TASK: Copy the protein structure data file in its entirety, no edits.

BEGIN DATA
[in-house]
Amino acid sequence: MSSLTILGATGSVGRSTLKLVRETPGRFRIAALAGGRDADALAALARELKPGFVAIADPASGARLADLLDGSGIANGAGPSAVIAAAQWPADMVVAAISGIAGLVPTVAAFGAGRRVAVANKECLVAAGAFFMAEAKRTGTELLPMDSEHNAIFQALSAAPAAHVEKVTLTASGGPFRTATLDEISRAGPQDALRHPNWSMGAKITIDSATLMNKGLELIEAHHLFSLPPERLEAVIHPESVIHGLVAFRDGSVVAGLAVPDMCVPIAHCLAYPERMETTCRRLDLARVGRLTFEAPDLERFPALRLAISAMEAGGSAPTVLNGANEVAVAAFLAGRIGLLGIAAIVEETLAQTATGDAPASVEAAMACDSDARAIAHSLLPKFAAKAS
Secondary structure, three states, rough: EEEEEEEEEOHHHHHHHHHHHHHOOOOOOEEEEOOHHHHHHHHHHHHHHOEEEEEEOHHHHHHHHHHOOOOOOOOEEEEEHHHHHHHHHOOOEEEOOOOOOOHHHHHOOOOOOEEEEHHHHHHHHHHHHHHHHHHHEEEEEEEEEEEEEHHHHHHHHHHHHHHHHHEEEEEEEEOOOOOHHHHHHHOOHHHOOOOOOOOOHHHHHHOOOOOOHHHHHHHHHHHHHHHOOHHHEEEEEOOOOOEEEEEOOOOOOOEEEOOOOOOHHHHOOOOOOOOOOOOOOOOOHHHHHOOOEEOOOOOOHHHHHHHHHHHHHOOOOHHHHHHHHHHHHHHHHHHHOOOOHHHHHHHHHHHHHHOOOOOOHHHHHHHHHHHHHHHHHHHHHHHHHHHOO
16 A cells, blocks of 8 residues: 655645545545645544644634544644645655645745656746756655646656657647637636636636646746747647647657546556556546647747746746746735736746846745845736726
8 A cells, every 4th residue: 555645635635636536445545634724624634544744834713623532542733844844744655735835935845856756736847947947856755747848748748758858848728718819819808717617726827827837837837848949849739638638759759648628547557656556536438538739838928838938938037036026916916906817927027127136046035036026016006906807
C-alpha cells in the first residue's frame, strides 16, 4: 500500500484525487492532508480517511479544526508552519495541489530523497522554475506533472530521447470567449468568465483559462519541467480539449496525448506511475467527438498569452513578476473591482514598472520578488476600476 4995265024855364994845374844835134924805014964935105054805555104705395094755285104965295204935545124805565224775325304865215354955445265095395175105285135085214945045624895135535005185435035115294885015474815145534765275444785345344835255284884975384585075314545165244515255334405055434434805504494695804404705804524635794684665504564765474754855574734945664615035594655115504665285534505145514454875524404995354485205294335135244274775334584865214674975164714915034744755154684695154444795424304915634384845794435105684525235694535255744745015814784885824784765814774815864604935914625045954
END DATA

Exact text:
[in-house]
Amino acid sequence: MSSLTILGATGSVGRSTLKLVRETPGRFRIAALAGGRDADALAALARELKPGFVAIADPASGARLADLLDGSGIANGAGPSAVIAAAQWPADMVVAAISGIAGLVPTVAAFGAGRRVAVANKECLVAAGAFFMAEAKRTGTELLPMDSEHNAIFQALSAAPAAHVEKVTLTASGGPFRTATLDEISRAGPQDALRHPNWSMGAKITIDSATLMNKGLELIEAHHLFSLPPERLEAVIHPESVIHGLVAFRDGSVVAGLAVPDMCVPIAHCLAYPERMETTCRRLDLARVGRLTFEAPDLERFPALRLAISAMEAGGSAPTVLNGANEVAVAAFLAGRIGLLGIAAIVEETLAQTATGDAPASVEAAMACDSDARAIAHSLLPKFAAKAS
Secondary structure, three states, rough: EEEEEEEEEOHHHHHHHHHHHHHOOOOOOEEEEOOHHHHHHHHHHHHHHOEEEEEEOHHHHHHHHHHOOOOOOOOEEEEEHHHHHHHHHOOOEEEOOOOOOOHHHHHOOOOOOEEEEHHHHHHHHHHHHHHHHHHHEEEEEEEEEEEEEHHHHHHHHHHHHHHHHHEEEEEEEEOOOOOHHHHHHHOOHHHOOOOOOOOOHHHHHHOOOOOOHHHHHHHHHHHHHHHOOHHHEEEEEOOOOOEEEEEOOOOOOOEEEOOOOOOHHHHOOOOOOOOOOOOOOOOOHHHHHOOOEEOOOOOOHHHHHHHHHHHHHOOOOHHHHHHHHHHHHHHHHHHHOOOOHHHHHHHHHHHHHHOOOOOOHHHHHHHHHHHHHHHHHHHHHHHHHHHOO
16 A cells, blocks of 8 residues: 655645545545645544644634544644645655645745656746756655646656657647637636636636646746747647647657546556556546647747746746746735736746846745845736726
8 A cells, every 4th residue: 555645635635636536445545634724624634544744834713623532542733844844744655735835935845856756736847947947856755747848748748758858848728718819819808717617726827827837837837848949849739638638759759648628547557656556536438538739838928838938938037036026916916906817927027127136046035036026016006906807
C-alpha cells in the first residue's frame, strides 16, 4: 500500500484525487492532508480517511479544526508552519495541489530523497522554475506533472530521447470567449468568465483559462519541467480539449496525448506511475467527438498569452513578476473591482514598472520578488476600476 4995265024855364994845374844835134924805014964935105054805555104705395094755285104965295204935545124805565224775325304865215354955445265095395175105285135085214945045624895135535005185435035115294885015474815145534765275444785345344835255284884975384585075314545165244515255334405055434434805504494695804404705804524635794684665504564765474754855574734945664615035594655115504665285534505145514454875524404995354485205294335135244274775334584865214674975164714915034744755154684695154444795424304915634384845794435105684525235694535255744745015814784885824784765814774815864604935914625045954